Media software firm RealNetworks says it sold more than three million tracks thanks to an aggressive three-week price promotion in the US.
Tunes from Real's shop only play on a few devices
The company halved the cost of tracks to 49 cents in mid-August to try to tempt consumers away from Apple's iTunes music store.
The discount offer has ended, but Real said it would continue to offer the top 10 tracks at the lower price.
But the promotion has come at a price, eating into the company's finances.
Cents and music
Apple dominates the market for online music through its iTunes online store, accounting for about 70% of paid-for music downloads.
It has sold more than 125 million tracks since its inception in April 2003.
In common with most online music sellers in the US, Apple typically sells individual songs for 99 cents.
Real halved the price of its tunes to 49 cents on 17 August to coincide with the public launch of the firm's latest software, Harmony, which can download music directly to Apple's iPod music player.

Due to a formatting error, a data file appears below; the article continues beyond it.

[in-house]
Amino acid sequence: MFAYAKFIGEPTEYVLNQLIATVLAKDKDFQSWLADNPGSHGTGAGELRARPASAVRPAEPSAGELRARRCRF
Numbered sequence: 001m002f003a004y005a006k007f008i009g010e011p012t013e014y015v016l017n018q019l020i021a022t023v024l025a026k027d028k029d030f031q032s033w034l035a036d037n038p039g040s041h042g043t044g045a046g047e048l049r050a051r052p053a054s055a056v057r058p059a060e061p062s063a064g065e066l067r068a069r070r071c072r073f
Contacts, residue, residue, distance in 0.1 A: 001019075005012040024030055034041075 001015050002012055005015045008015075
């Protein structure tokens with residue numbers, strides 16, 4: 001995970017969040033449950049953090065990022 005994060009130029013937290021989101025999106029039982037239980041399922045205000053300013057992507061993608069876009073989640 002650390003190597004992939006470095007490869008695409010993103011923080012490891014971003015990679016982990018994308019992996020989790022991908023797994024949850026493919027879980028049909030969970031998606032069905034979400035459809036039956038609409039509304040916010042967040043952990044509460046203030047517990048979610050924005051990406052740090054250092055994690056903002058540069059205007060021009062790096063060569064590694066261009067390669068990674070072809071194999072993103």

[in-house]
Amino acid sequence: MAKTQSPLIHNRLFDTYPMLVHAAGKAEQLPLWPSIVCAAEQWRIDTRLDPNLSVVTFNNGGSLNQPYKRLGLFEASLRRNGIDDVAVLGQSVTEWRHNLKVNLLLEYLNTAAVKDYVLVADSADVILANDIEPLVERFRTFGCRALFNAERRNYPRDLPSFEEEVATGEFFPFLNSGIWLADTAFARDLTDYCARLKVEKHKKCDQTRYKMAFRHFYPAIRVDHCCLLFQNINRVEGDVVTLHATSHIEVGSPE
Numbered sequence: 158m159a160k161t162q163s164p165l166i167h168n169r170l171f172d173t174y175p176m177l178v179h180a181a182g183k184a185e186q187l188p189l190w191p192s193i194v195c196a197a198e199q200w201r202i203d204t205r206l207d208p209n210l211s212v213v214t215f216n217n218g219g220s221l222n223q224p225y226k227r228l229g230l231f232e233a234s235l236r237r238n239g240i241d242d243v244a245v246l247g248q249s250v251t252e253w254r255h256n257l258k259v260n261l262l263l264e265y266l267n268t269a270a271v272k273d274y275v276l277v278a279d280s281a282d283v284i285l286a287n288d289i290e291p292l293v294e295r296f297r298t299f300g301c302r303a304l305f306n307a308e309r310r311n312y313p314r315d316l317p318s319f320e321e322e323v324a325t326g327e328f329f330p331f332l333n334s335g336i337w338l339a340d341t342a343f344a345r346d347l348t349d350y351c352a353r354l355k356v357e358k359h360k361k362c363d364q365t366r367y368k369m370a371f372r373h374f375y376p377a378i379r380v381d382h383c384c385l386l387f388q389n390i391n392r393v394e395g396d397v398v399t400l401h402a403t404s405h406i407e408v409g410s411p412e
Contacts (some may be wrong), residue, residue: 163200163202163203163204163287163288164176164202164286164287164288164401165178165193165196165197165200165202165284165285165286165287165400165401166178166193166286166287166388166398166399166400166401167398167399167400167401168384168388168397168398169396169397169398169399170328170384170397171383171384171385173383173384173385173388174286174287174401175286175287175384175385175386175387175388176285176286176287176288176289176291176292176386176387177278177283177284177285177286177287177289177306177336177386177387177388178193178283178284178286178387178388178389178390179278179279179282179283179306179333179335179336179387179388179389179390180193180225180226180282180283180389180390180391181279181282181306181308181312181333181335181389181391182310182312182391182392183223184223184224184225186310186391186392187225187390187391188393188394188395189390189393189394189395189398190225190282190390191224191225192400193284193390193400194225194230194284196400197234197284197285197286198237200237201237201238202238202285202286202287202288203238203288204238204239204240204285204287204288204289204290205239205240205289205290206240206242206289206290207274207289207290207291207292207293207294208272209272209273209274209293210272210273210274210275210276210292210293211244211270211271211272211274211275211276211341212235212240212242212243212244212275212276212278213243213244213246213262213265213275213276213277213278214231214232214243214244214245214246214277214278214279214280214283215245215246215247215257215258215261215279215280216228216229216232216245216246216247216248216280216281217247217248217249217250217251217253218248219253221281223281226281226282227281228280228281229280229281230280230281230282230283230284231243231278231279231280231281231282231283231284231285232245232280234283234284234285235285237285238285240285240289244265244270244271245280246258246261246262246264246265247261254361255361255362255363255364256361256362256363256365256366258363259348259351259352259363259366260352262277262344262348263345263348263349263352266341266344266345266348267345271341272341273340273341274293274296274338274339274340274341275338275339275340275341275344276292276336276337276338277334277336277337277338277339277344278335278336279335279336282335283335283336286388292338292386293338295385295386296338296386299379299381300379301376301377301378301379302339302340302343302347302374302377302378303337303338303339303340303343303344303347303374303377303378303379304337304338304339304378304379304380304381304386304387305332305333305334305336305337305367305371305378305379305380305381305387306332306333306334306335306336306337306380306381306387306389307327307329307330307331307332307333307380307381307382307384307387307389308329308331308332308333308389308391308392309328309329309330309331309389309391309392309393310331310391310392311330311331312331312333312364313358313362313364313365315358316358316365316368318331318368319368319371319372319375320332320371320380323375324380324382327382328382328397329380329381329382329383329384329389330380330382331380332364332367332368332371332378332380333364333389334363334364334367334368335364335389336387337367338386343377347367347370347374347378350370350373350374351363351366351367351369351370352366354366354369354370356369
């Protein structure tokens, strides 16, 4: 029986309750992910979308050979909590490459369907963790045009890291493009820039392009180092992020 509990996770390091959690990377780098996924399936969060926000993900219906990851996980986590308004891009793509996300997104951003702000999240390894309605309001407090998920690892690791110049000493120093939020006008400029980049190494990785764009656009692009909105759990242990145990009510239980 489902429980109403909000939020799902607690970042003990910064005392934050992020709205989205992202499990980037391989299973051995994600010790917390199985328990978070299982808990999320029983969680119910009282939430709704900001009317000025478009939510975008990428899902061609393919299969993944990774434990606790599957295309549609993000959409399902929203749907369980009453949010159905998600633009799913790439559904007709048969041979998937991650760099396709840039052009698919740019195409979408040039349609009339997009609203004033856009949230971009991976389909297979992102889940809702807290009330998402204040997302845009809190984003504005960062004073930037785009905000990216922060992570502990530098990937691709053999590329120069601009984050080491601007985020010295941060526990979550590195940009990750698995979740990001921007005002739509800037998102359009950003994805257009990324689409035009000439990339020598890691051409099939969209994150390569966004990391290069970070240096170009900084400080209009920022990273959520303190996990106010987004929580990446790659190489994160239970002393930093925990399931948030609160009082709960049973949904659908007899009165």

The gamble appears to have paid off, with Real saying it sold more than three million tracks from its US online store over the three-week promotion.
Although the offer has ended, Real said it would continue to offer 10 of the most popular songs on its website at the cheaper price, in a promotion with music magazine Rolling Stone.
"The discount and the Harmony promotion has enabled us to take a leading position in the download segment of the market," said RealNetworks vice president Dan Sheeran.
Real has admitted that it lost money on the promotion, saying
it will widen its third quarter loss by one cent per share.